How ‘SECURE 2.0’ Could Improve Your Retirement Savings – Lifehacker

How ‘SECURE 2.0’ Could Improve Your Retirement Savings – Lifehacker

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SECURE 2.0 was signed into law at the end of 2022. The second version of this law stands for “Setting Every Community Up for Retirement Enhancement” and is intended to build on improvements to the US pension system. Whether you’re a long way off or fast approaching retirement, here’s how SECURE 2.0 is impacting your retirement planning.

Changes to required minimum distributions

Minimum Required Distributions (RMDs) are the amount of money required by the IRS that you must withdraw from your retirement account each year. SECURE 2.0 reduces the impact of RMDs in several ways.

First, the age to start taking RMDs has been raised to 73 in 2023 and will be raised again to 75 by 2033. This gives savers an extra year of tax deferral (the previous age was 70.5 years in 2022).

Previously, failure to take your RMD before the deadline resulted in a 50% penalty. Under SECURE 2.0, the penalty for not taking an RMD has been reduced to 25% of the RMD amount. If the error is corrected appropriately and in good time, the contractual penalty can be further reduced to 10%. Additionally, if you can show that your failure to take an RMD was the result of an understandable error, you may be able to waive the penalty entirely. And from 2024, no more RMDs will be required from Roth accounts in company pension schemes. These relaxed rules are good news for the many savers who may miss deadlines due to a simple oversight.

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Changes in the amount of catch-up contributions for older employees

If you are at least 50 years old, the catch-up contribution scheme currently allows you to put more money into your retirement savings account than the normal contribution limit for the year. In 2025, these catch-up contributions will increase for 401(k), 403(b), government plans, and IRA account holders. This gives anyone who has delayed pension contributions (or hasn’t started saving yet) a chance to ‘catch up’ before reaching retirement age.

For Traditional and Roth IRAs, the catch-up contribution amount was previously $1,000. Beginning in 2024, the $1,000 amount will be adjusted annually for inflation (as it is already the base amount).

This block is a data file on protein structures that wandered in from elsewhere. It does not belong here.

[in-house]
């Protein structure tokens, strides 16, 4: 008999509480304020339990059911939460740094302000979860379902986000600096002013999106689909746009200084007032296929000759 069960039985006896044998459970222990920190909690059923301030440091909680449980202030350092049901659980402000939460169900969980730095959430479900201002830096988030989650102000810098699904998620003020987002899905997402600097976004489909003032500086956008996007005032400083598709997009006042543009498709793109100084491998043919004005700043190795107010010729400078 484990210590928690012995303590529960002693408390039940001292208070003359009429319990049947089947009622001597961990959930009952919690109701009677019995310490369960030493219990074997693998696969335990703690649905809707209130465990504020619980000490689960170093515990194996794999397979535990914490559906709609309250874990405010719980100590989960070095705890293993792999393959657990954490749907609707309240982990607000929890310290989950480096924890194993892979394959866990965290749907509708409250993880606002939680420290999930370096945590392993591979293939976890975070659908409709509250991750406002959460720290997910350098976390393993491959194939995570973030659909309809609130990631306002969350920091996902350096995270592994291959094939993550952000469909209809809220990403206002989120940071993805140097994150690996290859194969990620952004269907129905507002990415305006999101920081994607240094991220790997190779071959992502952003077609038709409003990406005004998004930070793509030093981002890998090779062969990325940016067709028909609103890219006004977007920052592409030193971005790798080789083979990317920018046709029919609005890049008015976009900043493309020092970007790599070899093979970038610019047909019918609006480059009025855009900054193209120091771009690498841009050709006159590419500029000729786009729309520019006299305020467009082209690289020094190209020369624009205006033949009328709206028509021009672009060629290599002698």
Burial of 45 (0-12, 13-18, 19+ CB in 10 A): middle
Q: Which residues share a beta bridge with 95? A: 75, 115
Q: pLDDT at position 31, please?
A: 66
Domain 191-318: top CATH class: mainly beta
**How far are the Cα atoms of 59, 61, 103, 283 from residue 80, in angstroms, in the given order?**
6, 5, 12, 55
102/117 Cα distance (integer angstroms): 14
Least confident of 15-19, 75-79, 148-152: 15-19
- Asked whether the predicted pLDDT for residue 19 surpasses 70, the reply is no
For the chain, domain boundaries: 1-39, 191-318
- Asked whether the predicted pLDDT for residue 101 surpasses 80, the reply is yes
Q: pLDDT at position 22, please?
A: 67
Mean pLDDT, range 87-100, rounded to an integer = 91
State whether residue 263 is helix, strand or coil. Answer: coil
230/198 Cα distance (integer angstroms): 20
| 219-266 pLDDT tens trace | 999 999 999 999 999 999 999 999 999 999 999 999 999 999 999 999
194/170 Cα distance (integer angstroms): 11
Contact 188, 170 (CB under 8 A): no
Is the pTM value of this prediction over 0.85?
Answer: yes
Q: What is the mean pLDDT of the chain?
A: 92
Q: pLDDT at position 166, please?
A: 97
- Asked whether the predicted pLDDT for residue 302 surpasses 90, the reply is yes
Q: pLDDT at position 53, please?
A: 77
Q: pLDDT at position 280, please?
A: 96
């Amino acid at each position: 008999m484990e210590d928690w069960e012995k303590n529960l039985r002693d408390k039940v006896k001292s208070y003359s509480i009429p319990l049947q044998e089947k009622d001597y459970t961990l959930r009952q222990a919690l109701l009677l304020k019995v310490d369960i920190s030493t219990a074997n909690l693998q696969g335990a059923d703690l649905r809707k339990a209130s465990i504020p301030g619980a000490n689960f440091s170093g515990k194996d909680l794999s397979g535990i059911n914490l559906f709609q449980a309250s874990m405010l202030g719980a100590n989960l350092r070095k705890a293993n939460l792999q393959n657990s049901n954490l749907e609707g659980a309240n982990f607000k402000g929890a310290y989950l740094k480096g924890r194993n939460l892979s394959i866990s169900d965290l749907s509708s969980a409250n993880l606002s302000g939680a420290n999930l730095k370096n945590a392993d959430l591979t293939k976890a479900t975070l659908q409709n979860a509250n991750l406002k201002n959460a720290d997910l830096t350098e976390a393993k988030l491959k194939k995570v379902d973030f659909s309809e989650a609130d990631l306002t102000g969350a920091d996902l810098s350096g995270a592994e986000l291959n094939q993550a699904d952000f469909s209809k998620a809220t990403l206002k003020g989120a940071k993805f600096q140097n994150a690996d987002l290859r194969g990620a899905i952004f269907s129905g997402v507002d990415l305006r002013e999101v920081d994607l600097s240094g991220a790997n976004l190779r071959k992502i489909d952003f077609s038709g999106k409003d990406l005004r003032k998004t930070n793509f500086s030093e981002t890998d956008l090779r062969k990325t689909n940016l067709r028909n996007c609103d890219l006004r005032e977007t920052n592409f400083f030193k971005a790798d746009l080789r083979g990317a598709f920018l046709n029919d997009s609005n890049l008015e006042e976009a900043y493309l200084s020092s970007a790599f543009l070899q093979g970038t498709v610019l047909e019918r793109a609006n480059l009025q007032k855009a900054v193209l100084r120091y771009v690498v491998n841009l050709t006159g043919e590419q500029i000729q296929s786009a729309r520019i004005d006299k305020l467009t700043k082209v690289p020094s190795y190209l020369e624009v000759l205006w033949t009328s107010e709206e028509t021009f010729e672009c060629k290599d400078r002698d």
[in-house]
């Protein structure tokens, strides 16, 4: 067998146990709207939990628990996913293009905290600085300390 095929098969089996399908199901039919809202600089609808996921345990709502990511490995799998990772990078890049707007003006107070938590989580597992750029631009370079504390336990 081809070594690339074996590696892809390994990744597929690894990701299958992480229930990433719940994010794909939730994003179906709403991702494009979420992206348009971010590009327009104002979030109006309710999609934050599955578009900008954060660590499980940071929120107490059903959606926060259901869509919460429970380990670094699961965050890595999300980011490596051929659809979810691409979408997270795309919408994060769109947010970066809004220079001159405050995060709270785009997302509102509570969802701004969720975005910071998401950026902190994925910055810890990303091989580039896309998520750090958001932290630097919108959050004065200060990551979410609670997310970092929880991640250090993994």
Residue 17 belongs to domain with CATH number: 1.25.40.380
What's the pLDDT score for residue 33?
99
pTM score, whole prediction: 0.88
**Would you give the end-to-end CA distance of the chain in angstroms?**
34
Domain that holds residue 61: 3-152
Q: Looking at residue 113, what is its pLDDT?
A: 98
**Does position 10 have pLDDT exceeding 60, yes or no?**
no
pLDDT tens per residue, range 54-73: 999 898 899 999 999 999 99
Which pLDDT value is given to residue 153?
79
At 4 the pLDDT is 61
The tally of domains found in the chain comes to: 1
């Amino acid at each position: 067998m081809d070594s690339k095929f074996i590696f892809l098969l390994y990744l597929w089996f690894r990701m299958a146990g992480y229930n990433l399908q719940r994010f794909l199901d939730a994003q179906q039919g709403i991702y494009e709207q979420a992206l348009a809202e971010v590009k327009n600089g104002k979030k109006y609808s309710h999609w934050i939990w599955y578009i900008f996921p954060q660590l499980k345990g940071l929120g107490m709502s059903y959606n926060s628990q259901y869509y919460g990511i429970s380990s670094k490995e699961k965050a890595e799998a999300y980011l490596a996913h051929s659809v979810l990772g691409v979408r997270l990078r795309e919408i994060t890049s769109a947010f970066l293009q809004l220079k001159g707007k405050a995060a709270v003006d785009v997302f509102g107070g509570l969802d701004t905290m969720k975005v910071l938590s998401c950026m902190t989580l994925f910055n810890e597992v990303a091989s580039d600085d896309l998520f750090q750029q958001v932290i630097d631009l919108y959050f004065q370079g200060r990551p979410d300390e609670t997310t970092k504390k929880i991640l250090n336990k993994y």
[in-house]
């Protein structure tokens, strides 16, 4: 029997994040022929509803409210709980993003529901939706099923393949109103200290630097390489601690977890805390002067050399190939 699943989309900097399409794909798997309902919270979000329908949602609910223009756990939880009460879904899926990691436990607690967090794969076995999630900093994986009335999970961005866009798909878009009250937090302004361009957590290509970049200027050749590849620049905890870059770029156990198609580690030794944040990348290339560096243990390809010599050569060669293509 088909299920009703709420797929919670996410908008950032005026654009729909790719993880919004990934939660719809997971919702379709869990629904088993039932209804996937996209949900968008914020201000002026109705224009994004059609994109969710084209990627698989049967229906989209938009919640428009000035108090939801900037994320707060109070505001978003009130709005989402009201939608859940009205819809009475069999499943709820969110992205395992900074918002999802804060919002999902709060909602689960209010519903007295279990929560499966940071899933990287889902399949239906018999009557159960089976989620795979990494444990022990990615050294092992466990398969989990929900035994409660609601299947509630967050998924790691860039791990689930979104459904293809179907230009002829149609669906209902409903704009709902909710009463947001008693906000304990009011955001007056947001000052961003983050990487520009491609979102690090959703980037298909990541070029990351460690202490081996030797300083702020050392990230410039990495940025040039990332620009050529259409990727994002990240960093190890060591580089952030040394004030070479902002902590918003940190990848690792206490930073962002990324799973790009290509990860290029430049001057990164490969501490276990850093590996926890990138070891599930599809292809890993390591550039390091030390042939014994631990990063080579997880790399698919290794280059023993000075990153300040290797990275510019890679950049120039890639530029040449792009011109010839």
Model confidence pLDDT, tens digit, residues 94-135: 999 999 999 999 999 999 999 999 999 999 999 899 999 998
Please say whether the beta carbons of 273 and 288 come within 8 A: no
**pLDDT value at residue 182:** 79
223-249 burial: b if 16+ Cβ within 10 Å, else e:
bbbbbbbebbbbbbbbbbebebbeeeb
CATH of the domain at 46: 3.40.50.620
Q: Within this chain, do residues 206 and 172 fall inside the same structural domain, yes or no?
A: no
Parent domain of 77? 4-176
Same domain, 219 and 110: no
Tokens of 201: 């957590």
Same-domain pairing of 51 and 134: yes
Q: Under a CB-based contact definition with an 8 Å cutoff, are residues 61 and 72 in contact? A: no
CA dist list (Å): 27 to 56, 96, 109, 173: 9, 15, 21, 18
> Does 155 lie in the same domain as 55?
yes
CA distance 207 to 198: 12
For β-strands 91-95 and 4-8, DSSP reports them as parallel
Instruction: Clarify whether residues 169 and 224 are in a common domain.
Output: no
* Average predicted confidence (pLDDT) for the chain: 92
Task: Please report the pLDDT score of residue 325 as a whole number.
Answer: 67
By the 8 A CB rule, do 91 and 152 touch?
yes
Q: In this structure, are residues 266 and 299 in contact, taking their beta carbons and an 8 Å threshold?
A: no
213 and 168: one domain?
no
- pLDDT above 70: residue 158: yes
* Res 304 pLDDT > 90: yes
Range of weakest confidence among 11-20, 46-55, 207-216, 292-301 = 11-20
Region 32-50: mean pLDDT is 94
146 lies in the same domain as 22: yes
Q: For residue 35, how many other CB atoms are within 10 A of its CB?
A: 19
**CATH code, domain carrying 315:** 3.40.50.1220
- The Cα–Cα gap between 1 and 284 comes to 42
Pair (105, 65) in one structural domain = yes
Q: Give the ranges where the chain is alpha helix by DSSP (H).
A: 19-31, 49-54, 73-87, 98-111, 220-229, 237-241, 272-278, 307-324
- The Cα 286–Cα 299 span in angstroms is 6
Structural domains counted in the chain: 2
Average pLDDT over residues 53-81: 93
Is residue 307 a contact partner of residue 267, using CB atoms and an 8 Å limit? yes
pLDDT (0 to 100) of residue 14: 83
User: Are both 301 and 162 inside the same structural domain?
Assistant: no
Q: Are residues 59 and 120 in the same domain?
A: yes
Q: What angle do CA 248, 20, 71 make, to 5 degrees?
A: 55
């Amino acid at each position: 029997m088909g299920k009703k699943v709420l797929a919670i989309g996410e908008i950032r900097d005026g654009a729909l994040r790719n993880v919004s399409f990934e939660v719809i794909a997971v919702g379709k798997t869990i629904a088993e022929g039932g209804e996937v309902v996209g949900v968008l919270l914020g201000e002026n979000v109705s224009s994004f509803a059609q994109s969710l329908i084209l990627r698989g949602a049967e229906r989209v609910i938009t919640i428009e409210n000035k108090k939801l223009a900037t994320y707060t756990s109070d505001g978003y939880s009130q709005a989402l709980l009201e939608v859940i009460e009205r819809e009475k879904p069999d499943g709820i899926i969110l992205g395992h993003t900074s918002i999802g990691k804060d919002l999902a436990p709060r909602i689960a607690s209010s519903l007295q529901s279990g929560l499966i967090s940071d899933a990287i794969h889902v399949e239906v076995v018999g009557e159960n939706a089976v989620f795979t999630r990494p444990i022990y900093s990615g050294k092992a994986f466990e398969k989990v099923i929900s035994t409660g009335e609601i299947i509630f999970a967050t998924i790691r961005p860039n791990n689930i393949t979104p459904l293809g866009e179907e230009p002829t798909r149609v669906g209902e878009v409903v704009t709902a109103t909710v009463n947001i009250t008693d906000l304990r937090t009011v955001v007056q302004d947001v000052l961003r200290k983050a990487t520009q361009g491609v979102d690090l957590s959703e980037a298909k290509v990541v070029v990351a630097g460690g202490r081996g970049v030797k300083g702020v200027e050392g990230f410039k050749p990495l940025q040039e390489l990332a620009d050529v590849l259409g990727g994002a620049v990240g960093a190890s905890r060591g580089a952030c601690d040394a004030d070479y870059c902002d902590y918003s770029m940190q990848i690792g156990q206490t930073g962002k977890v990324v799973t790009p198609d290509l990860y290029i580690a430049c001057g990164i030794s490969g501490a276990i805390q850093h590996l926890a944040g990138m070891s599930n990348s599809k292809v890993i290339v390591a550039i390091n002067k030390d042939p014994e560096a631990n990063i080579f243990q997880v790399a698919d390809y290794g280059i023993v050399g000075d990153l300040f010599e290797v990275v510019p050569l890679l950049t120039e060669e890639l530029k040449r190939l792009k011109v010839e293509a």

For 401(k) and other employer-sponsored plans, the catch-up contribution limit for employees age 50 and older was $6,500 in 2022 and $7,500 for 2023. Under SECURE 2.0, for the most part, the special catch-up cap for workers 60-63 years old is the greater of $10,000 or 150% of the “standard” catch-up amount for 2024. The $10,000 amount will be adjusted for inflation each year beginning in 2026.

Changes also for younger workers

Even if retirement is decades away, the provisions in SECURE 2.0 can impact how you maximize your long-term savings.

Automatic 401(k) registration

Beginning in 2025, employers who offer a 401(k) plan will be required to automatically enroll their employees in the plan unless the employee opts out. The automatic registration rate is between 3 and 10%.

Better access to emergency savings

One of the highlights of SECURE 2.0 is the ability for employees to withdraw up to $1,000 from their retirement account for emergency expenses without incurring the typical 10% early withdrawal tax penalty if they are under the age of 59½. Companies could also allow workers to set up an emergency savings account with a $2,500 cap through automatic payroll deductions.

A full summary of all provisions included in SECURE 2.0 can be found here. While it’s clear that this law offers savers more flexibility and better protection, every retirement plan is different. Be sure to consult a financial advisor or tax professional to learn how the SECURE 2.0 changes apply to you personally.